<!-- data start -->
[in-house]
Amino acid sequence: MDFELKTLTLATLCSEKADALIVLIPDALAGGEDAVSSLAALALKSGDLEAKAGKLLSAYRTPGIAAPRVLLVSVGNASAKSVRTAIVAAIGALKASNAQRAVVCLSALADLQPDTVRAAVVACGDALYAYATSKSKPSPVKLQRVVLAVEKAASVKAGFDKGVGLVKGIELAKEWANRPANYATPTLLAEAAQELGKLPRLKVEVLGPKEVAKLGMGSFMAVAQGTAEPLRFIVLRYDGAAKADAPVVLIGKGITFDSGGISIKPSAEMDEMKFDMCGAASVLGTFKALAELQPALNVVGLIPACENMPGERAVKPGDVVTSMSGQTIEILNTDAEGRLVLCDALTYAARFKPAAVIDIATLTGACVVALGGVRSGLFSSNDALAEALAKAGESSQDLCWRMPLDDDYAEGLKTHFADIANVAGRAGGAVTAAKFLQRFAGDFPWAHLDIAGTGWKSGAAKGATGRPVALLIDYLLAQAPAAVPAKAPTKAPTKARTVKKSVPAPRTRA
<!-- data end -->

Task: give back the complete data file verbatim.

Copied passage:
[in-house]
Amino acid sequence: MDFELKTLTLATLCSEKADALIVLIPDALAGGEDAVSSLAALALKSGDLEAKAGKLLSAYRTPGIAAPRVLLVSVGNASAKSVRTAIVAAIGALKASNAQRAVVCLSALADLQPDTVRAAVVACGDALYAYATSKSKPSPVKLQRVVLAVEKAASVKAGFDKGVGLVKGIELAKEWANRPANYATPTLLAEAAQELGKLPRLKVEVLGPKEVAKLGMGSFMAVAQGTAEPLRFIVLRYDGAAKADAPVVLIGKGITFDSGGISIKPSAEMDEMKFDMCGAASVLGTFKALAELQPALNVVGLIPACENMPGERAVKPGDVVTSMSGQTIEILNTDAEGRLVLCDALTYAARFKPAAVIDIATLTGACVVALGGVRSGLFSSNDALAEALAKAGESSQDLCWRMPLDDDYAEGLKTHFADIANVAGRAGGAVTAAKFLQRFAGDFPWAHLDIAGTGWKSGAAKGATGRPVALLIDYLLAQAPAAVPAKAPTKAPTKARTVKKSVPAPRTRA